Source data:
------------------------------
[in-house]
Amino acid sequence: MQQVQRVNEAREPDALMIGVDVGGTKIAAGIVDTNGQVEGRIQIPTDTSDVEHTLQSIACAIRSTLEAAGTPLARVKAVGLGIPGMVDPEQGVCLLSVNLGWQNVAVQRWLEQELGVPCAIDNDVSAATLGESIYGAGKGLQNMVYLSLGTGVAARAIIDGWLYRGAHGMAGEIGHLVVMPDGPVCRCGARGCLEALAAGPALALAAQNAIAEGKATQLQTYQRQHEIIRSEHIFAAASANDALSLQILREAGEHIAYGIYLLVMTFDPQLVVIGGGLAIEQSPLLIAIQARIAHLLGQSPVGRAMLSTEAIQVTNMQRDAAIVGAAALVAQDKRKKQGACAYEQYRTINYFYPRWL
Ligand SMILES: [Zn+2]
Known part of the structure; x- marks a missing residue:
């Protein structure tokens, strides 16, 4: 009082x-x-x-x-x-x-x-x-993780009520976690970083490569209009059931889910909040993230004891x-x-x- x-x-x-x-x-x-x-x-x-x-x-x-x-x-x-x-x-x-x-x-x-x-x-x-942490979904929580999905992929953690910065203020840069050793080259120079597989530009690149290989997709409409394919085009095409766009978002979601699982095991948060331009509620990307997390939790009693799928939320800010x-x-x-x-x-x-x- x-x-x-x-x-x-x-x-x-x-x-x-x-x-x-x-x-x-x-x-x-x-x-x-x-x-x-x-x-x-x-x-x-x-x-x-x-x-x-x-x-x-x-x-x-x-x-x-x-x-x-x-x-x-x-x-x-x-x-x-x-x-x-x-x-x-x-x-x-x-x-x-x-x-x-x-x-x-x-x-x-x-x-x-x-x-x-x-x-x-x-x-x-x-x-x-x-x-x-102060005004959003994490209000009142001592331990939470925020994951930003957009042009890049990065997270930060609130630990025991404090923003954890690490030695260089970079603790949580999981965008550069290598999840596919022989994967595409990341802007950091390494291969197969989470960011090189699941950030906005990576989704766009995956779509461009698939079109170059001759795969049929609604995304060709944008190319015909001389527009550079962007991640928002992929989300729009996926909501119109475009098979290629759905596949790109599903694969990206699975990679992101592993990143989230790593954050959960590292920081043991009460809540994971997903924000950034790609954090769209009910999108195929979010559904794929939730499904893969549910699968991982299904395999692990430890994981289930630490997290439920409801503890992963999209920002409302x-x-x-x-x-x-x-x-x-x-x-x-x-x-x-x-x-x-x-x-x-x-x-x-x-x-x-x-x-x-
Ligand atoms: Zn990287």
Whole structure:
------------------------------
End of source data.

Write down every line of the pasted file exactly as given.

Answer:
[in-house]
Amino acid sequence: MQQVQRVNEAREPDALMIGVDVGGTKIAAGIVDTNGQVEGRIQIPTDTSDVEHTLQSIACAIRSTLEAAGTPLARVKAVGLGIPGMVDPEQGVCLLSVNLGWQNVAVQRWLEQELGVPCAIDNDVSAATLGESIYGAGKGLQNMVYLSLGTGVAARAIIDGWLYRGAHGMAGEIGHLVVMPDGPVCRCGARGCLEALAAGPALALAAQNAIAEGKATQLQTYQRQHEIIRSEHIFAAASANDALSLQILREAGEHIAYGIYLLVMTFDPQLVVIGGGLAIEQSPLLIAIQARIAHLLGQSPVGRAMLSTEAIQVTNMQRDAAIVGAAALVAQDKRKKQGACAYEQYRTINYFYPRWL
Ligand SMILES: [Zn+2]
Known part of the structure; x- marks a missing residue:
């Protein structure tokens, strides 16, 4: 009082x-x-x-x-x-x-x-x-993780009520976690970083490569209009059931889910909040993230004891x-x-x- x-x-x-x-x-x-x-x-x-x-x-x-x-x-x-x-x-x-x-x-x-x-x-x-942490979904929580999905992929953690910065203020840069050793080259120079597989530009690149290989997709409409394919085009095409766009978002979601699982095991948060331009509620990307997390939790009693799928939320800010x-x-x-x-x-x-x- x-x-x-x-x-x-x-x-x-x-x-x-x-x-x-x-x-x-x-x-x-x-x-x-x-x-x-x-x-x-x-x-x-x-x-x-x-x-x-x-x-x-x-x-x-x-x-x-x-x-x-x-x-x-x-x-x-x-x-x-x-x-x-x-x-x-x-x-x-x-x-x-x-x-x-x-x-x-x-x-x-x-x-x-x-x-x-x-x-x-x-x-x-x-x-x-x-x-x-102060005004959003994490209000009142001592331990939470925020994951930003957009042009890049990065997270930060609130630990025991404090923003954890690490030695260089970079603790949580999981965008550069290598999840596919022989994967595409990341802007950091390494291969197969989470960011090189699941950030906005990576989704766009995956779509461009698939079109170059001759795969049929609604995304060709944008190319015909001389527009550079962007991640928002992929989300729009996926909501119109475009098979290629759905596949790109599903694969990206699975990679992101592993990143989230790593954050959960590292920081043991009460809540994971997903924000950034790609954090769209009910999108195929979010559904794929939730499904893969549910699968991982299904395999692990430890994981289930630490997290439920409801503890992963999209920002409302x-x-x-x-x-x-x-x-x-x-x-x-x-x-x-x-x-x-x-x-x-x-x-x-x-x-x-x-x-x-
Ligand atoms: Zn990287």
Whole structure: